Life's Little Ironies


Thomas Hardy , Thomas Hardy

Thomas Hardy

Life's Little Ironies - Bookrepublic

Life's Little Ironies


Thomas Hardy , Thomas Hardy

Thomas Hardy


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€ 5,99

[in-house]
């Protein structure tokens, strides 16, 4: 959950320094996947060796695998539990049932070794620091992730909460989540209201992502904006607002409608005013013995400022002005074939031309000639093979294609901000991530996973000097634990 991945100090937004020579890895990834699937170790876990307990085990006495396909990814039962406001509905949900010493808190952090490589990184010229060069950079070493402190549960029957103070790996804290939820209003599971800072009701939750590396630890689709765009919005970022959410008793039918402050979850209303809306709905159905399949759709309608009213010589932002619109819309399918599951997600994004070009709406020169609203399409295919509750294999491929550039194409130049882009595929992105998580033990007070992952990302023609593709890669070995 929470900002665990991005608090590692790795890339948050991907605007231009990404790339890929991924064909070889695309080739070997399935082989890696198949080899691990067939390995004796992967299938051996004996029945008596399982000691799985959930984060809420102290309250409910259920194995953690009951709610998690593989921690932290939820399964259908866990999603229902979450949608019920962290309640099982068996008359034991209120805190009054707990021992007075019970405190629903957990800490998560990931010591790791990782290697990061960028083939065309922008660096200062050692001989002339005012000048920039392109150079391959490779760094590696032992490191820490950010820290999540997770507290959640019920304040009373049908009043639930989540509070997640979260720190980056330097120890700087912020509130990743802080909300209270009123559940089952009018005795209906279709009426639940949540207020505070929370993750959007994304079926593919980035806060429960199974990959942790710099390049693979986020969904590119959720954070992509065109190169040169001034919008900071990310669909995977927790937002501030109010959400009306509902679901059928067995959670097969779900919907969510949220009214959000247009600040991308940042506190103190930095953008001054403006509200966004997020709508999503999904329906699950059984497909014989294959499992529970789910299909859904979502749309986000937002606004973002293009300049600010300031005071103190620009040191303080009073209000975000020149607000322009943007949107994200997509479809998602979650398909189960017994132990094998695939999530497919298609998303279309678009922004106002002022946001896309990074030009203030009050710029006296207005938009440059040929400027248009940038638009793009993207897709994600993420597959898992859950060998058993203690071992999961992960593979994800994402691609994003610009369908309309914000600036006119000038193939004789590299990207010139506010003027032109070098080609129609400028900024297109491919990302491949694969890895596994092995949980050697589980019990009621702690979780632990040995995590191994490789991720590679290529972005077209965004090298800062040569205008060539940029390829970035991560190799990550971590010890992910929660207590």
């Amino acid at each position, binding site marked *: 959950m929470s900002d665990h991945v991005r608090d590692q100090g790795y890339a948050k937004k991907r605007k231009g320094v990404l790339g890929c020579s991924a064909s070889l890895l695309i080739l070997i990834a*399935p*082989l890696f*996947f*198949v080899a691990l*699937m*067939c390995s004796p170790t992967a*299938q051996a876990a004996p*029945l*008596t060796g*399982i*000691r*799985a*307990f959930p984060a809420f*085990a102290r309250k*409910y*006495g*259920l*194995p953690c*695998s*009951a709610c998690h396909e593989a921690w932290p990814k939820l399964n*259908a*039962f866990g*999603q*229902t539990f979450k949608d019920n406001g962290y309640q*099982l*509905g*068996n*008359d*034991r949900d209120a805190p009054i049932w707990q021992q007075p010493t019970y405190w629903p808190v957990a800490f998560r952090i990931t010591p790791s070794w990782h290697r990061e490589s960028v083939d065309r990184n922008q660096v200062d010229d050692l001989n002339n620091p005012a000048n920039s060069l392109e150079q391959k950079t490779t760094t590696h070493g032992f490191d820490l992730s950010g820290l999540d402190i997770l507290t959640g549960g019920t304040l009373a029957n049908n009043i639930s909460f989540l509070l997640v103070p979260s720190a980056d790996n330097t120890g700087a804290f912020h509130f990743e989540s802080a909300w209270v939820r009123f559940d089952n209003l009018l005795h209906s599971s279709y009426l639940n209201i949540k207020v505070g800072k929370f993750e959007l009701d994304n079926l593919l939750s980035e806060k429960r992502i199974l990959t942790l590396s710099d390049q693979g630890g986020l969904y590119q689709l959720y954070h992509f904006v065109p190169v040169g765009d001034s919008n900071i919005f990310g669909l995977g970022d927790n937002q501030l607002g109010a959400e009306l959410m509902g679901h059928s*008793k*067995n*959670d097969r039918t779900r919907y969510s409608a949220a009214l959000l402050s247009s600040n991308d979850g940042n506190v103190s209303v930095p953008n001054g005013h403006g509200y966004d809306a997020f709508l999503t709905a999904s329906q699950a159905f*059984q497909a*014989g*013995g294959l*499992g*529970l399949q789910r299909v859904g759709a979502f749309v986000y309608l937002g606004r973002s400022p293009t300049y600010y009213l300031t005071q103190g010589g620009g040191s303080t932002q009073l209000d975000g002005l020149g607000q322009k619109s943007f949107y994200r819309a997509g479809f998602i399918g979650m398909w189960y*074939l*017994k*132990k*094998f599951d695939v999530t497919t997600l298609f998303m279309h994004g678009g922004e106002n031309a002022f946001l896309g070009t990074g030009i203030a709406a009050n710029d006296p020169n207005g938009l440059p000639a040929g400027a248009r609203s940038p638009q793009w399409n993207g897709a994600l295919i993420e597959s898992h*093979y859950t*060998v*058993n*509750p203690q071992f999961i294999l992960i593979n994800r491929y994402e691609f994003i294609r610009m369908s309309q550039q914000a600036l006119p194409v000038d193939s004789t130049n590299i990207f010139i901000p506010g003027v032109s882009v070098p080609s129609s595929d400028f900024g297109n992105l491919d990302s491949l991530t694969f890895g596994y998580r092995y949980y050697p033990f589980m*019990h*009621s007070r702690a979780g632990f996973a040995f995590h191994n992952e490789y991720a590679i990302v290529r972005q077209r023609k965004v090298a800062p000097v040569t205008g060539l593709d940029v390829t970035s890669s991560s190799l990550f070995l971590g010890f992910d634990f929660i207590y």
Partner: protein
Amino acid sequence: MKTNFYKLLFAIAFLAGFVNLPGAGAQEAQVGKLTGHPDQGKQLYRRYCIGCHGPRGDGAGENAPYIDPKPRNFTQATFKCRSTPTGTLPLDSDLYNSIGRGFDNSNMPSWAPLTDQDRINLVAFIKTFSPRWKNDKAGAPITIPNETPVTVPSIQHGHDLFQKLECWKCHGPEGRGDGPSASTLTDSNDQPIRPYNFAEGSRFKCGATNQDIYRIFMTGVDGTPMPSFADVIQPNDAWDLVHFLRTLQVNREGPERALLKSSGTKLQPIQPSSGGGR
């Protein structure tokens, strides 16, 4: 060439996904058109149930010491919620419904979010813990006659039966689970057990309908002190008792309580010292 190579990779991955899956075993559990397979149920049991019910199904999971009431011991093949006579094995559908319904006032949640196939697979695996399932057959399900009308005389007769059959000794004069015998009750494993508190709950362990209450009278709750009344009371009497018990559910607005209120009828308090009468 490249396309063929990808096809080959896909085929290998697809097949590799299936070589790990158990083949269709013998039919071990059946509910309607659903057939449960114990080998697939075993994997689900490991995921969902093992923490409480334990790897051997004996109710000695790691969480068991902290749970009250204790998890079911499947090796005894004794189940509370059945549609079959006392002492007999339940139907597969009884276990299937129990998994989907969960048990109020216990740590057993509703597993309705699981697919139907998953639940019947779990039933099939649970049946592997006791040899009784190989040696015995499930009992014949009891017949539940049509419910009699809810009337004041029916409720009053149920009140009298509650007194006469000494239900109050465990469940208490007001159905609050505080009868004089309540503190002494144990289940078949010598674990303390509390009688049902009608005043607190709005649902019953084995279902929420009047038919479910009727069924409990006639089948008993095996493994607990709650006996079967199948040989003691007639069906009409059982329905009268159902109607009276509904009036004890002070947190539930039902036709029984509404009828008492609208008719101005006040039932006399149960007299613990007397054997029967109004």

British novelist, short story writer, and poet of the naturalist movement. He captured the epoch just before the railways and the industrial revolution changed the English countryside. His works are pessimistic and bitterly ironic, and his writing is rough but capable of immense power. His first novel, The Poor Man and the Lady, finished by 1867, failed to find a publisher and Hardy destroyed the manuscript. Only parts of the novel remain. He was encouraged to try again by his mentor and friend, Victorian poet and novelist George Meredith. Desperate Remedies [1871] and Under the Greenwood Tree [1872] were published anonymously. In 1873 A Pair of Blue Eyes, a story drawing on Hardy's courtship of his first wife, was published under his own name. In Far from the Madding Crowd [1874], his next (and first important) novel, Hardy introduced Wessex, the "partly-real, partly-dream" county named after the Anglo-Saxon kingdom that existed in the area. The landscape was modelled on the real counties of Berkshire, Devon, Dorset, Hampshire, Somerset and Wiltshire, with fictional places based on real locations. Over the next twenty-five years Hardy produced ten more novels. The Hardys moved from London to Yeovil and then to Sturminster Newton, where he wrote The Return of the Native [1878]. In 1885, they moved for a last time, to Max Gate, a house outside Dorchester designed by Hardy and built by his brother. There he wrote The Mayor of Casterbridge [1886], The Woodlanders [1887], and Tess of the d'Urbervilles [1891], the latter which attracted criticism for its sympathetic portrayal of a "fallen woman" and was initially refused publication. Jude the Obscure, published in 1895, was met with even stronger negative outcries by the Victorian public for its frank treatment of sex. Despite this criticism, Hardy had become a celebrity in English literature by the 1900s, with several blockbuster novels under his belt, yet he was disgusted with the public reception of two of his greatest works. He gave up writing novels altogether.


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